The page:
4. Lim, Yuan Z.; Chou, Louisa; Au, Rebecca Tm; Seneviwickrama, Kl Maheeka D.; Cicuttini, Flavia M.; Briggs, Andrew M.; Sullivan, Kaye; Urquhart, Donna M.; Wluka, Anita E. (2019-07). "People with low back pain want clear, consistent and personalised information on prognosis, treatment options and self-management strategies: a systematic review". Journal of Physiotherapy. 65 (3): 124–135. doi:10.1016/j.jphys.2019.05.010. ISSN 1836-9561. PMID 31227280. Check date values in: |date= (help)
  5. Verbeek, Jos; Sengers, Marie-José; Riemens, Linda; Haafkens, Joke (2004-10-15). "Patient expectations of treatment for back pain: a systematic review of qualitative and quantitative studies". Spine. 29 (20): 2309–2318. doi:10.1097/01.brs.0000142007.38256.7f. ISSN 1528-1159. PMID 15480147.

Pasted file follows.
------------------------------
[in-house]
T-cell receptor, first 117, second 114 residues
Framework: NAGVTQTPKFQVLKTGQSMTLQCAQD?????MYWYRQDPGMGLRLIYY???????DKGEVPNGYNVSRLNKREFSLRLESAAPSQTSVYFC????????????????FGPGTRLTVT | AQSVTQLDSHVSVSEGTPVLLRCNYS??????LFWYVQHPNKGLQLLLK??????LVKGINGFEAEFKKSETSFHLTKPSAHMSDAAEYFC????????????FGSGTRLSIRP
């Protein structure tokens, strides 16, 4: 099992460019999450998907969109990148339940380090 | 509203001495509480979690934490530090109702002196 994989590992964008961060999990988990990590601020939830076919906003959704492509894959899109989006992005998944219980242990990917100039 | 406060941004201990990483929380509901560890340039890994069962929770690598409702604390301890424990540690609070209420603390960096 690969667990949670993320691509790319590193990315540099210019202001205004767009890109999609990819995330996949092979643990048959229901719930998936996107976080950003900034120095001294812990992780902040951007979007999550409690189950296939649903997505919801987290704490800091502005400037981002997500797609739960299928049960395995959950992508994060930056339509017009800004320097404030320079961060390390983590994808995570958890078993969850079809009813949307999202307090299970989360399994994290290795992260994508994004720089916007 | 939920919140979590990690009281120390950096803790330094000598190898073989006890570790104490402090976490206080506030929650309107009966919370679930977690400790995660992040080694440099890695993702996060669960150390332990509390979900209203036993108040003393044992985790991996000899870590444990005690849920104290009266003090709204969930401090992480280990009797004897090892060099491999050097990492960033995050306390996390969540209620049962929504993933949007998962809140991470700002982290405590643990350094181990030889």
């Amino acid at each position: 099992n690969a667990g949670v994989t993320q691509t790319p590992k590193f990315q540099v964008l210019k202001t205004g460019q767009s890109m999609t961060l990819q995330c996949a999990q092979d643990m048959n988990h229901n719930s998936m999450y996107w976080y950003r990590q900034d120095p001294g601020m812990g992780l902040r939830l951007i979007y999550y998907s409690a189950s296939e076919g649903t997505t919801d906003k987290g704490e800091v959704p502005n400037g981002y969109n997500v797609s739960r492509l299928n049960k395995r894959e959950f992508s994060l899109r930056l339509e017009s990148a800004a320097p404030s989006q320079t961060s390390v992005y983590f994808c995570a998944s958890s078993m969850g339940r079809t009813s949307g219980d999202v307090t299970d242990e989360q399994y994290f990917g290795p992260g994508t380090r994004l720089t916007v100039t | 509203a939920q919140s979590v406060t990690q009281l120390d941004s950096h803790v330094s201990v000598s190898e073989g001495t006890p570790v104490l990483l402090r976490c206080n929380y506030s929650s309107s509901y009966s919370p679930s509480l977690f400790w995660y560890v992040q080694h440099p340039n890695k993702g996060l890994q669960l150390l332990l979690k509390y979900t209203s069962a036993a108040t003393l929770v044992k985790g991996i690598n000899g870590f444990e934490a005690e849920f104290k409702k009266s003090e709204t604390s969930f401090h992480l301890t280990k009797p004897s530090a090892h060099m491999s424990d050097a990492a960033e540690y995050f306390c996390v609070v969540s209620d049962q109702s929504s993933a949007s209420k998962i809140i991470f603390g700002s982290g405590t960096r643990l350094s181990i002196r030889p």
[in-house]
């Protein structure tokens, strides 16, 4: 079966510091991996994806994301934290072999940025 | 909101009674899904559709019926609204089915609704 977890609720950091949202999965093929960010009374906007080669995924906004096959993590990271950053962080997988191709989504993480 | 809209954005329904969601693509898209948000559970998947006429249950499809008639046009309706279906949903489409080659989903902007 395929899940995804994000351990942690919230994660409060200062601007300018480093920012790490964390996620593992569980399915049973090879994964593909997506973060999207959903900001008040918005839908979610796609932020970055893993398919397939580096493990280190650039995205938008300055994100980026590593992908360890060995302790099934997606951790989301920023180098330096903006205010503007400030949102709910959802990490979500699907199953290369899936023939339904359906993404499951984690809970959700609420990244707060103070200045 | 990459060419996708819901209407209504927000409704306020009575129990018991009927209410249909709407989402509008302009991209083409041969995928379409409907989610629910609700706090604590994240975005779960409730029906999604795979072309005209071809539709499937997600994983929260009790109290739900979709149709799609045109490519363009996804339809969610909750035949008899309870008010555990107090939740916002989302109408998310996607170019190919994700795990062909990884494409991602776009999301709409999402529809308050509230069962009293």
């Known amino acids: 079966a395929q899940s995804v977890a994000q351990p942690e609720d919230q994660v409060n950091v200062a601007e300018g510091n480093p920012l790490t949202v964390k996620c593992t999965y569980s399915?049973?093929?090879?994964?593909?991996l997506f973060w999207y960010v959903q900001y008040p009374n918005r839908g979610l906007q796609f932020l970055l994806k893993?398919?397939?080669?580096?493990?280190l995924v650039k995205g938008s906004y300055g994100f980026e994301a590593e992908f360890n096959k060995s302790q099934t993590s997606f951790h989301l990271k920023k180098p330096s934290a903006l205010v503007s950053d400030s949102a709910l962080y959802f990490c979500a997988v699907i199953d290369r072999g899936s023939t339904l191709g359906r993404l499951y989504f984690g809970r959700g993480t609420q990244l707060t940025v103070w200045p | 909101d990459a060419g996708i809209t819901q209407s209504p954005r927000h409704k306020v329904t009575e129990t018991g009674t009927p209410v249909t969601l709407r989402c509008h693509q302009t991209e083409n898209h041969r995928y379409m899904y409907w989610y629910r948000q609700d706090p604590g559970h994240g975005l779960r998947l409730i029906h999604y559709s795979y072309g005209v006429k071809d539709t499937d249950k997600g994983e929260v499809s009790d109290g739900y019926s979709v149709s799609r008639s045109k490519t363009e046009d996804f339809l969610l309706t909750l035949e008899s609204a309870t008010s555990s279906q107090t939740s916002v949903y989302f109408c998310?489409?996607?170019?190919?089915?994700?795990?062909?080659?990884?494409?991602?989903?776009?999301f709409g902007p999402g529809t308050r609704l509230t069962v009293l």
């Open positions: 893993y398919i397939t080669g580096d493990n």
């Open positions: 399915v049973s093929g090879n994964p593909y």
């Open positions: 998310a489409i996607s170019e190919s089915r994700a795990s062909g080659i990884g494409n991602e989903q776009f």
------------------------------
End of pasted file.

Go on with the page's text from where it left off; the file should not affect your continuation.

6. Rhodes, L. A.; McPhillips-Tangum, C. A.; Markham, C.; Klenk, R. (1999-05). "The power of the visible: the meaning of diagnostic tests in chronic back pain". Social Science & Medicine (1982). 48 (9): 1189–1203. doi:10.1016/s0277-9536(98)00418-3. ISSN 0277-9536. PMID 10220019. Check date values in: |date= (help)
  7. Mushlin, A. I.; Mooney, C.; Grow, V.; Phelps, C. E. (1994-01). "The value of diagnostic information to patients with suspected multiple sclerosis. Rochester-Toronto MRI Study Group". Archives of Neurology. 51 (1): 67–72. doi:10.1001/archneur.1994.00540130093017. ISSN 0003-9942. PMID 8274112. Check date values in: |date= (help)